ByAllanah Faherty, writer at
Senior staff writer | Twitter: @allanahfaherty | Email: [email protected]
Allanah Faherty

Though Ireland may present itself as the Emerald Isle with green grass, blue sky and enough Guinness to sink a ship, Ireland is also country with a long, dark and tumultuous history.

Naturally with such a colorful past one would expect that it has its fair share of scary tales to tell, and thanks to Listverse we've come across six of the creepiest Irish tales! So take a look and try not to let it scare you off a trip to the land of leprechauns:

1. The black cat of Killakee

In the late 1960s the legend of the frightening black cat of Killakee house in Dublin began haunting dreams after Margaret Fox inherited the house, and later began to renovate the building which was built in 1765. Workers on the house refused to stay in the house because of 'ghostly' happenings, a freezing atmosphere and doors that refused to stay shut. One night a builder reported that the door opened and a huge black cat "as big as an Alsatian" glared at him before disappearing. After that there were several more reported sightings of a huge cat with glowing red eyes appearing in areas with clearly locked doors.

In the early 1970s the house was exorcised and that seems to have stopped the huge black cat, though there have been reports of other poltergeist-like activity in the building.

2. The extremely haunted Malahide castle

Not content with just one ghost, this 800-year-old castle has at least five: Lord Galtrim who died violently on his wedding day in the 15th century is said to wander the castle grounds at night groaning from the pain of a broken heart and spear wounds. The White Lady from a large painting in the main hall supposedly leaves her painting at night to skulk around the corridors, along with another lady, Maud Plunkett, who is said to be chasing her husband's unseen ghost. Lord Miles Corbet also joins the ghostly ranks of Malahide castle, he appears as an imposing armored soldier who will suddenly break into pieces.

The fifth host is Puck, a jester who was the caretaker of the castle during the rule of Henry VIII. Some say that his lover was taken away and he was found stabbed through the heart, while other variations say that he hung himself for no given reason. However both stories say that Puck vowed to haunt and protect the castle after his death, and rumors of his ghost seem to suggest he came good on the promise.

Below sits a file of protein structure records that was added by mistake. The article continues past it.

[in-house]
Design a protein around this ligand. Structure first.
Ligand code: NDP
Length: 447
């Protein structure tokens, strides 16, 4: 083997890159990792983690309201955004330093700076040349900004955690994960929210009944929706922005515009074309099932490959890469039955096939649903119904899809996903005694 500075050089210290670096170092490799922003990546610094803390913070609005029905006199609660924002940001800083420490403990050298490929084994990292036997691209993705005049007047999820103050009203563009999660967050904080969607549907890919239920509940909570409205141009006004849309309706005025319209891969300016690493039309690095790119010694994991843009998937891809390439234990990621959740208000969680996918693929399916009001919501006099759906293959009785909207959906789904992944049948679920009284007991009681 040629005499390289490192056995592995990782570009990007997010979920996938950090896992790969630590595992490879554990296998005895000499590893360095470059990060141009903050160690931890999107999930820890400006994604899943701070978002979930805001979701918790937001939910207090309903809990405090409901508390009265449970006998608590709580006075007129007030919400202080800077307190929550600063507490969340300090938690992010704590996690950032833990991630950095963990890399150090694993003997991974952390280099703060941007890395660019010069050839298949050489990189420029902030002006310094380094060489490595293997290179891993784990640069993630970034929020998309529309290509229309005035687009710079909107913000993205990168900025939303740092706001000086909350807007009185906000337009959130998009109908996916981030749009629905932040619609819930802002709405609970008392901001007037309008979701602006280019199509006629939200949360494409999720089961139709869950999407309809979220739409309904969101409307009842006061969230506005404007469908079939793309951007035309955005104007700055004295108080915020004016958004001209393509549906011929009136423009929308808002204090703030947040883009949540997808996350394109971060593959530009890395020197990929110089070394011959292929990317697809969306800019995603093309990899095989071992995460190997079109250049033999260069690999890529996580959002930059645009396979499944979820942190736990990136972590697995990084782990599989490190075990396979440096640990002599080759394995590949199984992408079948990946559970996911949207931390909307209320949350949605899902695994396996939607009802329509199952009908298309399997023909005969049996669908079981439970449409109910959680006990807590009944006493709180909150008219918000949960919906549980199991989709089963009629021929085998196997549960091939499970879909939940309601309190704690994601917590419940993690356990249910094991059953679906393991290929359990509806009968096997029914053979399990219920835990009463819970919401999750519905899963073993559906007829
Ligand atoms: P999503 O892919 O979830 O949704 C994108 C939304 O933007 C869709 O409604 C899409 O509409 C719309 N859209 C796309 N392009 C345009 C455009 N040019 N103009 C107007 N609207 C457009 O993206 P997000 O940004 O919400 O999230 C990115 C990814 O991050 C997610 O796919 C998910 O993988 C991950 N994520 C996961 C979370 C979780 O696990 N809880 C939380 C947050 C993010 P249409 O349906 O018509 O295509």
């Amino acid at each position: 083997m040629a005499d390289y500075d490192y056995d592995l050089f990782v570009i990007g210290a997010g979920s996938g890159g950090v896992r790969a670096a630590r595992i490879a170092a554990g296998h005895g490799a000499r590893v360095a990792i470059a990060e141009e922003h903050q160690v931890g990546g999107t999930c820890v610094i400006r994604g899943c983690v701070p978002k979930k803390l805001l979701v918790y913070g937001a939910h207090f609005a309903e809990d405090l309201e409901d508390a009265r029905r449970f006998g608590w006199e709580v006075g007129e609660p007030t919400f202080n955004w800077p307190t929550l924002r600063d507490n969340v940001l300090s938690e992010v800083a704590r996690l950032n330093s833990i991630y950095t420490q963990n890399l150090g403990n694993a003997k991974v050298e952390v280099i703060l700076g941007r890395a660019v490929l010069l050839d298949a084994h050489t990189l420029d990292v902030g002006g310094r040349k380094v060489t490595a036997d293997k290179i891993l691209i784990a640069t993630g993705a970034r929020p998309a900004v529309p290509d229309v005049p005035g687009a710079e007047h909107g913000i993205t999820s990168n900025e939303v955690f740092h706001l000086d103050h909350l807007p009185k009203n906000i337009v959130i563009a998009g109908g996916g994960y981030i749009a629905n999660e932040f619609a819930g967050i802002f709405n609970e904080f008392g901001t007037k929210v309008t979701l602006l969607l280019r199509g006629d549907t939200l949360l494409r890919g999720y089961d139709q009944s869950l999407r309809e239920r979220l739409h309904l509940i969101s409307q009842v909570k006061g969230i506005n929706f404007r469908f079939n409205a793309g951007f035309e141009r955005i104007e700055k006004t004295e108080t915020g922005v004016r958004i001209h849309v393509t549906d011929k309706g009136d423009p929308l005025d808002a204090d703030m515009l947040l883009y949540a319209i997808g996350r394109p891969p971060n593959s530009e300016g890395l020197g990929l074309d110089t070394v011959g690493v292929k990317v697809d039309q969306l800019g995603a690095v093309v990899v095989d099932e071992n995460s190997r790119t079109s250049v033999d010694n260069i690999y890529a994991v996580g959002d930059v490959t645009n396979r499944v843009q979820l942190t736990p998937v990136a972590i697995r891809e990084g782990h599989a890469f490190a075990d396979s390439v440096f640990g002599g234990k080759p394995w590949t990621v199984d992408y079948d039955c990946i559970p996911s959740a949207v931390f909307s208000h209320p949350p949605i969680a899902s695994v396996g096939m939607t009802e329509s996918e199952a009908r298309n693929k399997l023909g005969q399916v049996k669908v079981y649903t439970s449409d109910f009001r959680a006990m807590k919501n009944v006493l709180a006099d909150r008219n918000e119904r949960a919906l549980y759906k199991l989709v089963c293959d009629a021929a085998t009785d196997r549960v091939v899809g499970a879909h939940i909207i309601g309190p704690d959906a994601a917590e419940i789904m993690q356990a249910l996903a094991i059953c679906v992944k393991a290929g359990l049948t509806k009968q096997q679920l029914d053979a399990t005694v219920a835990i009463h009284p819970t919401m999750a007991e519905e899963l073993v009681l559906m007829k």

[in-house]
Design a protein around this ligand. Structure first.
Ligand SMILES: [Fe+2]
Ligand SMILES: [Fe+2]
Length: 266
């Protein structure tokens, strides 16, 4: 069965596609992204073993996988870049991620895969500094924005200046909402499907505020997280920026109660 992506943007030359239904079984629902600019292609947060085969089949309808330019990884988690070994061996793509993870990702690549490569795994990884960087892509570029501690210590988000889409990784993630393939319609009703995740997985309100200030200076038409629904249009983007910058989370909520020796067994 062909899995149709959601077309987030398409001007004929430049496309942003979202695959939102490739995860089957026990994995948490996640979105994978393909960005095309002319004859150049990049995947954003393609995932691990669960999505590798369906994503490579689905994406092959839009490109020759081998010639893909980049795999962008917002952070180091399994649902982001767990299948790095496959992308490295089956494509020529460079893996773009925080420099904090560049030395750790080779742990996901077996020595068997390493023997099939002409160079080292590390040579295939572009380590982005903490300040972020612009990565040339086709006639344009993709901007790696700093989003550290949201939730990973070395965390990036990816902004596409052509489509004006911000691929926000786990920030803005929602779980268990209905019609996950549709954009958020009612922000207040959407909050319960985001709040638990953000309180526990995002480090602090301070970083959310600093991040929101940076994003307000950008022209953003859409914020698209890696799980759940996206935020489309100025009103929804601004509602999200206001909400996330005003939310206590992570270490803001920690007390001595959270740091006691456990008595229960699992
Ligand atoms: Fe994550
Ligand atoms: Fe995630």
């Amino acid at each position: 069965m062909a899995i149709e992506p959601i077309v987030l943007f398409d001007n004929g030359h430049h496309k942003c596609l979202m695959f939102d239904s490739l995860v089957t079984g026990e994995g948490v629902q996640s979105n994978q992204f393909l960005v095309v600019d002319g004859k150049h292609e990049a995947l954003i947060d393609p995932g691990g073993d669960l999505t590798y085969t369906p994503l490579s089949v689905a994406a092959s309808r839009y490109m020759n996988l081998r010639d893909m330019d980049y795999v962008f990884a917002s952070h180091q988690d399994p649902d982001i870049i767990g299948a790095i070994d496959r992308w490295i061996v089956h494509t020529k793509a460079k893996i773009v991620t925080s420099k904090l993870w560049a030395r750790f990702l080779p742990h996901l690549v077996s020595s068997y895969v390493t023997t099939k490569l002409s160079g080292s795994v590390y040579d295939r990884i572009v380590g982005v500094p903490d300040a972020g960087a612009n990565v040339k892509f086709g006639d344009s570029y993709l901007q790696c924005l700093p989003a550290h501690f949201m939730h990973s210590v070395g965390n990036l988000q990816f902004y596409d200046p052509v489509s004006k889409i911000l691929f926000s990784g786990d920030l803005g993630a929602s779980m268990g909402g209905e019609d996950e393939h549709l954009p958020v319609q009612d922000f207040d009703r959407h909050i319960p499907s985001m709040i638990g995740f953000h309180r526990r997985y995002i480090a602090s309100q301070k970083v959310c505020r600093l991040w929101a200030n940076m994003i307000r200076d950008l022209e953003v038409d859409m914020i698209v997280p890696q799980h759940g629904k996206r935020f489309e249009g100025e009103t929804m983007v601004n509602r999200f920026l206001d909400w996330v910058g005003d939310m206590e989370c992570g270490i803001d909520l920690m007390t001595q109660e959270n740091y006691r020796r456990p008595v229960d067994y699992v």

3. The burial vaults of St. Michan's church

The 330-year-old St. Michan's Church sits on a site which dates from 1095. The vaults of St. Michan's contain many mummified remains, among them the 400-year-old body of a nun, a tall man believed to be a crusader, a body with its feet and right hand severed, and the Sheares brothers who fought in the 1789 rebellion.

As scary as these old, mummified remains may sound, the vaults are open to tours on Saturdays which brings a lot of visitors, many of whom report feeling a strange presence, as if there was a "pressure" of living people all around them. Others think that they hear a strange murmuring sound, like people whispering just out of earshot. One thing is for sure, ghosts or not, the vaults of St Michan's would be a very spooky place to spend a Saturday.

4. The curious disappearing islands

In 1878, residents of Ballycotton woke up to see that a new island had suddenly appeared, however when fishermen tried to approach the island the entire thing suddenly vanished.

While this might sound like there was something slipped into the water of the entire town and they were simply all hallucinating, there have actually been several reported cases of similar things happening in coastal areas of Ireland. While sometimes these islands are simply written off as mirages, others believe that it is the Irish legend of a fantastical island known as Hy Brasil. This island is supposedly shrouded from human eyes for the most part, only becoming visible every seven years. The island is apparently located on the West coast of Ireland, and several people have reported either visiting it or witnessing its appearance and disappearance. Very weird! Though I have to wonder, what would happen if you were on the island when it disappeared from view?

5. The terrifying Dobhar Chu

Despite most of the attention of strange and mythical creatures in the UK and Ireland going to the Loch Ness Monster, Ireland does in fact have a scary mythical beast of its own! However instead of having Nessie's placid nature the Dobhar Chu ('water hound') is said to be a bloodthirsty, crocodile-sized beast!

With the appearance of a wolfhound and a fish, the Dobhar Chu is extremely fast both on and off the water. They are said to live in small populations and may be migratory. Though it might be easy to write off the Dobhar Chu as just another cryptid, attack and sightings of the monsters have been reported for centuries, with the most recent one being in 2000.

6. The friendly ghost of the Gravediggers pub

While it might official be called John Kavanagh's, this pub is more commonly known as Gravediggers due to many of its patrons being gravediggers (or grave robbers) at nearby cemeteries. Though it's name and patrons might make it seem like this pub would have a very scary and unpleasant resident ghost, it is actually the opposite! Gravediggers is frequented by the ghost of a well dressed, elderly gentleman, with a white beard who only seems interested in a pint of Guinness in the corner before disappearing. He is thought to be a relative of the Kavanagh family and seems to be a regular - the pub owners even encourage offering the ghost a pint if you are luck (or unlucky) enough to see him.

Source: Listverse, First Class Horror,


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